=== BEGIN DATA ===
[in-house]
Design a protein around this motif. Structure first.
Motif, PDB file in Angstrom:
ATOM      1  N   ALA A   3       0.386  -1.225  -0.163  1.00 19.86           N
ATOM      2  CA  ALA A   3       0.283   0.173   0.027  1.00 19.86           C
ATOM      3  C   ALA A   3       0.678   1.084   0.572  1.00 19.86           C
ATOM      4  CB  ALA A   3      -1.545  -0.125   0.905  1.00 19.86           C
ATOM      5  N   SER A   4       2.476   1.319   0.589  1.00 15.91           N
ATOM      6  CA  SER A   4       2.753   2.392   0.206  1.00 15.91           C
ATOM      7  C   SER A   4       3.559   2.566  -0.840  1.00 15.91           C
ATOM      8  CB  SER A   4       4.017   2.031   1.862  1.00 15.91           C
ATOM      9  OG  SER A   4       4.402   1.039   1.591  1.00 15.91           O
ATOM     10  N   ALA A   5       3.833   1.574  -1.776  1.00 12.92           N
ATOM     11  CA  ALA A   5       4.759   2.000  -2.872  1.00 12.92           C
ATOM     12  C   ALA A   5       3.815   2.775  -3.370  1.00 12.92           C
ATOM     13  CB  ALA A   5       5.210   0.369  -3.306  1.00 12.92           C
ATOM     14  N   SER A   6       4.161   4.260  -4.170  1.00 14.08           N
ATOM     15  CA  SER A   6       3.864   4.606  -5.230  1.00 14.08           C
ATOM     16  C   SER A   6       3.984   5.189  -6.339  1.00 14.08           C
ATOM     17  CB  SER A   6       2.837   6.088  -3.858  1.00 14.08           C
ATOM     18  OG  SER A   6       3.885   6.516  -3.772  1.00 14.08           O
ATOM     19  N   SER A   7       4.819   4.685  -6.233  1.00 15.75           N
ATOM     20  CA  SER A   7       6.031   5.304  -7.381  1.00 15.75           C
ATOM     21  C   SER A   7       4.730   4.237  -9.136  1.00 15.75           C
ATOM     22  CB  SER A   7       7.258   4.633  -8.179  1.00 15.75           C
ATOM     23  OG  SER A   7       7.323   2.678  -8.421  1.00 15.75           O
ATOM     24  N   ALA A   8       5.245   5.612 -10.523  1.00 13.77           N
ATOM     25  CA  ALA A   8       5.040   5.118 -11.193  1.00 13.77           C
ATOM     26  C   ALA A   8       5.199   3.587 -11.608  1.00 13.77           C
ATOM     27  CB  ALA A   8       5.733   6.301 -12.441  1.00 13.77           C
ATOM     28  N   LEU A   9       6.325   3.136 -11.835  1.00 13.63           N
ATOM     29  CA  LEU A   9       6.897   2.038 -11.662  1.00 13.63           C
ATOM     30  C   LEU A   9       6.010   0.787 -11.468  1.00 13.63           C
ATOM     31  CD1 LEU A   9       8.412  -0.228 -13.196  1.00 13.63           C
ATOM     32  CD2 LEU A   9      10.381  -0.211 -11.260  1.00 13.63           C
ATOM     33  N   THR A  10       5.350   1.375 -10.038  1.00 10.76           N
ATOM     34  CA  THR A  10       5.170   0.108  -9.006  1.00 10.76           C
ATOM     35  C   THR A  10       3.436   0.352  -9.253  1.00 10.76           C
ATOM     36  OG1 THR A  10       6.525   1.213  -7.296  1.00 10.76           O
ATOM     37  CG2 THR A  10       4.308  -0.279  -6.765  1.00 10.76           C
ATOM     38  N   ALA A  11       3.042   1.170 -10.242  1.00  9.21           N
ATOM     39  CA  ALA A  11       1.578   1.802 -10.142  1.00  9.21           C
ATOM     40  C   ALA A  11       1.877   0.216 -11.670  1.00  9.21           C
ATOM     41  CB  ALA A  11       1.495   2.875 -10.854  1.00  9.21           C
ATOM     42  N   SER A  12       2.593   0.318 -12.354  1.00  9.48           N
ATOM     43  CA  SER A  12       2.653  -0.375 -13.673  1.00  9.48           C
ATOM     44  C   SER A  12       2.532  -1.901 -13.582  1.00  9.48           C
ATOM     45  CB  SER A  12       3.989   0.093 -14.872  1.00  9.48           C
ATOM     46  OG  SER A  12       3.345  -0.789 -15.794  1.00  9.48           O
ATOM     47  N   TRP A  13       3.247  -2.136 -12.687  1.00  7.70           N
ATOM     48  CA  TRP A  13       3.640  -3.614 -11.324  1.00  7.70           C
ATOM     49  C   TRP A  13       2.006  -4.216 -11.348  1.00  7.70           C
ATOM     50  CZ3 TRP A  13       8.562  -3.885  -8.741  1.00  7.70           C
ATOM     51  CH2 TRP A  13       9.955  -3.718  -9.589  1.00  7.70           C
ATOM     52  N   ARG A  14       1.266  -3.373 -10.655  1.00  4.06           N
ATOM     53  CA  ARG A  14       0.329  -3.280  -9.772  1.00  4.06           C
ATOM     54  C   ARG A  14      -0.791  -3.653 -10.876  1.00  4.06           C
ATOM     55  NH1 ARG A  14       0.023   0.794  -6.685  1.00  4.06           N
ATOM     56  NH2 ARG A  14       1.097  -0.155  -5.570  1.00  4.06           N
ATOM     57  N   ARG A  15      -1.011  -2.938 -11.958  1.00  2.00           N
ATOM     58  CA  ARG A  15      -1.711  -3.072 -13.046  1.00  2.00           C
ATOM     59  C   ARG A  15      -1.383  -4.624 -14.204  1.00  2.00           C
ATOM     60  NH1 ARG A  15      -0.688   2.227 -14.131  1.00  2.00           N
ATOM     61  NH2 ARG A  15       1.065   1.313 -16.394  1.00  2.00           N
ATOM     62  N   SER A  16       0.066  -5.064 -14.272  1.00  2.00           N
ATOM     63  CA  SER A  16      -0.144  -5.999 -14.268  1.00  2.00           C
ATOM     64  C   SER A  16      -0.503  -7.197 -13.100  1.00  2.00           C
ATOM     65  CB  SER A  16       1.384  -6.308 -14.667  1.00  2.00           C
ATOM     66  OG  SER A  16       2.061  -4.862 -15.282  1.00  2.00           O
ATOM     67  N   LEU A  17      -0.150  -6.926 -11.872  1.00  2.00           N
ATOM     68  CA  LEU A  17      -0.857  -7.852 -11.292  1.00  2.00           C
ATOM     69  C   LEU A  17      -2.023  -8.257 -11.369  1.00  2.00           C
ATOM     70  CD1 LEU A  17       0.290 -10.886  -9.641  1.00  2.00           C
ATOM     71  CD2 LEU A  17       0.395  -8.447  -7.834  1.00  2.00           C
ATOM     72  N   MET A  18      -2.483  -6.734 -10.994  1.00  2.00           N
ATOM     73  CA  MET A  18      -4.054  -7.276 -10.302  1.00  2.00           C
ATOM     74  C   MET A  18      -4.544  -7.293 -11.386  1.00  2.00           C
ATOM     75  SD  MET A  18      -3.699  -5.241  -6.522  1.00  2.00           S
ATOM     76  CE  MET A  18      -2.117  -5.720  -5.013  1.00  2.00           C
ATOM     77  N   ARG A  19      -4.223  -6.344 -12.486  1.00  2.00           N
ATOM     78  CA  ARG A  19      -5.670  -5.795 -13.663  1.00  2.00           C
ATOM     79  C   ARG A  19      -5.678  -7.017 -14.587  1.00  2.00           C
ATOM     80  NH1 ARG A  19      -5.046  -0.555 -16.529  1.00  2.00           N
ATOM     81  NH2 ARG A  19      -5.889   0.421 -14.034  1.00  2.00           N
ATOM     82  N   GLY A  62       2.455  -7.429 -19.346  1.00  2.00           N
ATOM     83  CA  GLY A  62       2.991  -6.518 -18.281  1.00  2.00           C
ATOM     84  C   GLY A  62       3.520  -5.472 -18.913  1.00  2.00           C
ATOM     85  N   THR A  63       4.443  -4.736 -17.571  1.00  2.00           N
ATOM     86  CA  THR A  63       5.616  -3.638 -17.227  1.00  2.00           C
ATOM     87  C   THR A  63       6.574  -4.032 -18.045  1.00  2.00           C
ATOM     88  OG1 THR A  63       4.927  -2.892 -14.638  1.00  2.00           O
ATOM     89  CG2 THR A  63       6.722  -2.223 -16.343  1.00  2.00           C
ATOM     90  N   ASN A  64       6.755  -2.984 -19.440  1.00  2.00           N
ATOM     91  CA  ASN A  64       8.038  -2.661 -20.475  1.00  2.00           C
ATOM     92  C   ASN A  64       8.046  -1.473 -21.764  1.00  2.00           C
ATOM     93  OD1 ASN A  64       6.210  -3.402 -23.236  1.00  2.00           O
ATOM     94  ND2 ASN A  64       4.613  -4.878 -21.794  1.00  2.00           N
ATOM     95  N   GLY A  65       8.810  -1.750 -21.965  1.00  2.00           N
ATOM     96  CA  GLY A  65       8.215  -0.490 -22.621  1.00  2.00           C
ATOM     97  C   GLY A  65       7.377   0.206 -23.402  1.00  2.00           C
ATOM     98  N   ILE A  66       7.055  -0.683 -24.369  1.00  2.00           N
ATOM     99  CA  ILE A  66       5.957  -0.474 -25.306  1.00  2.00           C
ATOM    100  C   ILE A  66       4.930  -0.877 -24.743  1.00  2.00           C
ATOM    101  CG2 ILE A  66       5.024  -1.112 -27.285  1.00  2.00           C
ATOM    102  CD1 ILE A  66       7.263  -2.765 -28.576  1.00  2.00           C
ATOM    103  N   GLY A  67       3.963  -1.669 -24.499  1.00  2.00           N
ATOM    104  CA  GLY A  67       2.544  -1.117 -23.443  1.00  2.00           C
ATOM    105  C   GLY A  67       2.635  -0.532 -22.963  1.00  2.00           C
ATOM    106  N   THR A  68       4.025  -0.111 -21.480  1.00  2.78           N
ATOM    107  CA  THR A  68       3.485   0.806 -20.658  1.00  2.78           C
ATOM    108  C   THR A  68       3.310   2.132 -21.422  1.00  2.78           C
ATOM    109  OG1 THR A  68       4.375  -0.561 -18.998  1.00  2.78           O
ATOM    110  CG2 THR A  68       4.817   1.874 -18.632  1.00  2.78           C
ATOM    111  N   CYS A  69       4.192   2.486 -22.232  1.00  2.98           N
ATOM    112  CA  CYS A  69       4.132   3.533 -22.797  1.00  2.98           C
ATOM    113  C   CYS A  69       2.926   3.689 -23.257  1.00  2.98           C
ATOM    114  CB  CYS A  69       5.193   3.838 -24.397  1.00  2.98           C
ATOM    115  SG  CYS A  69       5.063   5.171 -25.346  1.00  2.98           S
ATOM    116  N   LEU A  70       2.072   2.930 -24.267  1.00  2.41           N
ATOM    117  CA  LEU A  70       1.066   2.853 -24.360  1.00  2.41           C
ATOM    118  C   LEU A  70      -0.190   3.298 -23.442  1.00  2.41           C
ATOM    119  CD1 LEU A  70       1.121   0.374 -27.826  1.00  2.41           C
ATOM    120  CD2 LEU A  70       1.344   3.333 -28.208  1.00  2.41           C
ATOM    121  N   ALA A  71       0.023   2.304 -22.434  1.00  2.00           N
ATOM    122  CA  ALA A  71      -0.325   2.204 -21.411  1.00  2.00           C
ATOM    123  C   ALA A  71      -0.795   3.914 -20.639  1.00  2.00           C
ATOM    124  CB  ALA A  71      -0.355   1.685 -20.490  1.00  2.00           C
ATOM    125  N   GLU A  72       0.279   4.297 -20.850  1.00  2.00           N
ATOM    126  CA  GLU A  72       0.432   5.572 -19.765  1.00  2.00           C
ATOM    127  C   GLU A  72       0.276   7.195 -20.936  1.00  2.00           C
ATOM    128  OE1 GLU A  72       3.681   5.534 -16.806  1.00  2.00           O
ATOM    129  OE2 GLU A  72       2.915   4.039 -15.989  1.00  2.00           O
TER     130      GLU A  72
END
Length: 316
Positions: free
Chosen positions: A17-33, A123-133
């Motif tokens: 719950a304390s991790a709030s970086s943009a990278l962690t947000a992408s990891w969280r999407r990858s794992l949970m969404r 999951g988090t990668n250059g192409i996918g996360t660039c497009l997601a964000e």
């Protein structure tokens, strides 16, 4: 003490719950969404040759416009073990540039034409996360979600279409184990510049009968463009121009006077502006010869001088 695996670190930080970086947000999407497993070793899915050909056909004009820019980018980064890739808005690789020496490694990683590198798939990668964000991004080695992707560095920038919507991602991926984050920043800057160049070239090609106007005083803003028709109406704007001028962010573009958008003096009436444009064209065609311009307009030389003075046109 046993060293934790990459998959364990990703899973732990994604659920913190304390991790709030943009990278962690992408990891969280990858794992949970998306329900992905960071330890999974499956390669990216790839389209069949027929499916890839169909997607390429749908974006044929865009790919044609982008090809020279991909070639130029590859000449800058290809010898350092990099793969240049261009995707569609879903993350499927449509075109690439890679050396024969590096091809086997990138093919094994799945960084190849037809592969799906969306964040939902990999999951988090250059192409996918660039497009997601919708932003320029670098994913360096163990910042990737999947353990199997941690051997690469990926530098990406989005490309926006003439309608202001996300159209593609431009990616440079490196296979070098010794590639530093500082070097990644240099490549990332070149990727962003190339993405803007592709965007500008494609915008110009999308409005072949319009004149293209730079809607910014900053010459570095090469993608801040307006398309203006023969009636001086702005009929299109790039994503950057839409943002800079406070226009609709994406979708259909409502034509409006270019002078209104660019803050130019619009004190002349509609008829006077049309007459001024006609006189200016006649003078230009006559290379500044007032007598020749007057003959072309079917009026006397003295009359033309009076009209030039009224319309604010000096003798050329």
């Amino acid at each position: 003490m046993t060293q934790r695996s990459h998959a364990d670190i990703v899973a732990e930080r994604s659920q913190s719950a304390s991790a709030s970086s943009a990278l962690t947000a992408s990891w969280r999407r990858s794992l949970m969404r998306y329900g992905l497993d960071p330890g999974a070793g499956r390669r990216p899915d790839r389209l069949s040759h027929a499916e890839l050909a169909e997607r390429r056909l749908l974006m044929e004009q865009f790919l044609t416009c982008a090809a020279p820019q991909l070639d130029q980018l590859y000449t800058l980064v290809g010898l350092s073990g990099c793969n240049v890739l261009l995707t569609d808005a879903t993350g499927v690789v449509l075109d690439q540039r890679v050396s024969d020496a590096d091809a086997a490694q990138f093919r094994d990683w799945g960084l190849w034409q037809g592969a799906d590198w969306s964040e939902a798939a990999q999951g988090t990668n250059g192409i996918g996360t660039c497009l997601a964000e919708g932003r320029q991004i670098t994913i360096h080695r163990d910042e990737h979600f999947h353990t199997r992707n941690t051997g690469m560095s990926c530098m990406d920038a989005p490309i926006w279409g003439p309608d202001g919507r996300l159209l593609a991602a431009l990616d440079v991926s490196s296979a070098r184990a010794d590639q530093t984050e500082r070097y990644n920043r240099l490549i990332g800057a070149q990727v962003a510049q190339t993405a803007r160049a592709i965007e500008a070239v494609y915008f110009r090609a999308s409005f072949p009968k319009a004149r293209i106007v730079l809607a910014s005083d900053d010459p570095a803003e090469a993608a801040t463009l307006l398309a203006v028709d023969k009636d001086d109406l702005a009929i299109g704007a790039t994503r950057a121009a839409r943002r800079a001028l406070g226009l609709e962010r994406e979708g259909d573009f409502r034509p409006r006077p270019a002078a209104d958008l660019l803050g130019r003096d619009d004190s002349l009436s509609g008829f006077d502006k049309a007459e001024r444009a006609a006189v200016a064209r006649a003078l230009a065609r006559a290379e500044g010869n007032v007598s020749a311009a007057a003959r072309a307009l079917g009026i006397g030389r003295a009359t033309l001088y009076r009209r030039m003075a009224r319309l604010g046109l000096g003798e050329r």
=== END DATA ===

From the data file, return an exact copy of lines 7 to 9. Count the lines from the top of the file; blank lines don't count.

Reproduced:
ATOM      4  CB  ALA A   3      -1.545  -0.125   0.905  1.00 19.86           C
ATOM      5  N   SER A   4       2.476   1.319   0.589  1.00 15.91           N
ATOM      6  CA  SER A   4       2.753   2.392   0.206  1.00 15.91           C